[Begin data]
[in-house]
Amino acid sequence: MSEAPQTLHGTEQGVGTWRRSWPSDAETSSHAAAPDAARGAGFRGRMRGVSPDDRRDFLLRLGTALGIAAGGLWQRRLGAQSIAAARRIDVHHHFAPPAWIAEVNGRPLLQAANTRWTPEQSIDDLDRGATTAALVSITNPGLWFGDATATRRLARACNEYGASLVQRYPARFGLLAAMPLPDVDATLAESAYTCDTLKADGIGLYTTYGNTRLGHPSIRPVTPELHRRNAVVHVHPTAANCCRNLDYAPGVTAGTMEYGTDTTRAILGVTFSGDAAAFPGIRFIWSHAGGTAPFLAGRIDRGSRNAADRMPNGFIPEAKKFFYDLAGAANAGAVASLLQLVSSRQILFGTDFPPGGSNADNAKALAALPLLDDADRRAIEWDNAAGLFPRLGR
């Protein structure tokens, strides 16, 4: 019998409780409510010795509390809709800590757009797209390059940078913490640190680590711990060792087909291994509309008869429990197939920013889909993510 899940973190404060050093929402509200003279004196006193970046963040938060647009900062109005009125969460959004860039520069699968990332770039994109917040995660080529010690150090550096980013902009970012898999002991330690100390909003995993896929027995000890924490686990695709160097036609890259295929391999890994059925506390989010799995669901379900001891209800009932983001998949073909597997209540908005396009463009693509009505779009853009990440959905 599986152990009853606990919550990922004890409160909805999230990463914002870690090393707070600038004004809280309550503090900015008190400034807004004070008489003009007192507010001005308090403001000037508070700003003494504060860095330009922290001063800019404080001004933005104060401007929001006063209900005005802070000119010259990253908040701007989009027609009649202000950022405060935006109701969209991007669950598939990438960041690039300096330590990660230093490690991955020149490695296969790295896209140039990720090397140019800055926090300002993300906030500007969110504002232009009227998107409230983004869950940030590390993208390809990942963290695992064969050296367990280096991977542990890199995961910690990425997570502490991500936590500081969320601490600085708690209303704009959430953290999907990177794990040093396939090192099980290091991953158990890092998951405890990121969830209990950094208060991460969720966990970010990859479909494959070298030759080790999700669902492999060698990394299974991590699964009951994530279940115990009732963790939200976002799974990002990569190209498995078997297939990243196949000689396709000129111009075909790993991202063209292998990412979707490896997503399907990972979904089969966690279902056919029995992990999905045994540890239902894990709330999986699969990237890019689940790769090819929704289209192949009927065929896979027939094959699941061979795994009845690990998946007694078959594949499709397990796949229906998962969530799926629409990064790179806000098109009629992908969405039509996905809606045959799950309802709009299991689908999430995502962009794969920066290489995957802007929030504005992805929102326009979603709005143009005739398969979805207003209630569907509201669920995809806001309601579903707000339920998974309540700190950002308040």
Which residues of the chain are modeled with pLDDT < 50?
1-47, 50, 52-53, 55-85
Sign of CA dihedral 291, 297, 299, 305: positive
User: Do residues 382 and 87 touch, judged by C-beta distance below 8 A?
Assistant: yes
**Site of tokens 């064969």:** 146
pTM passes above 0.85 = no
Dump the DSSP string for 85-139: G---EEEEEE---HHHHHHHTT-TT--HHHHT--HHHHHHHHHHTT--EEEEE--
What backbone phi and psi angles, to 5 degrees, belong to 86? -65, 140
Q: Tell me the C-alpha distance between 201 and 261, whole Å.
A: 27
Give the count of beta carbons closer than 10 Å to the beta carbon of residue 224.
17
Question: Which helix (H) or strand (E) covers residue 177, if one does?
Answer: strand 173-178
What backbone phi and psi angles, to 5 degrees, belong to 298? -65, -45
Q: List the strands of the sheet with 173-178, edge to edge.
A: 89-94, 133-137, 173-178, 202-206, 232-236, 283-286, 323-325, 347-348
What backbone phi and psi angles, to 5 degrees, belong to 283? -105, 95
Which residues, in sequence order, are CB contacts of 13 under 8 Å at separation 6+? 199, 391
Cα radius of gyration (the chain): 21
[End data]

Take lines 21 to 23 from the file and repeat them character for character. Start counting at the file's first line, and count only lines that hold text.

A: 89-94, 133-137, 173-178, 202-206, 232-236, 283-286, 323-325, 347-348
What backbone phi and psi angles, to 5 degrees, belong to 283? -105, 95
Which residues, in sequence order, are CB contacts of 13 under 8 Å at separation 6+? 199, 391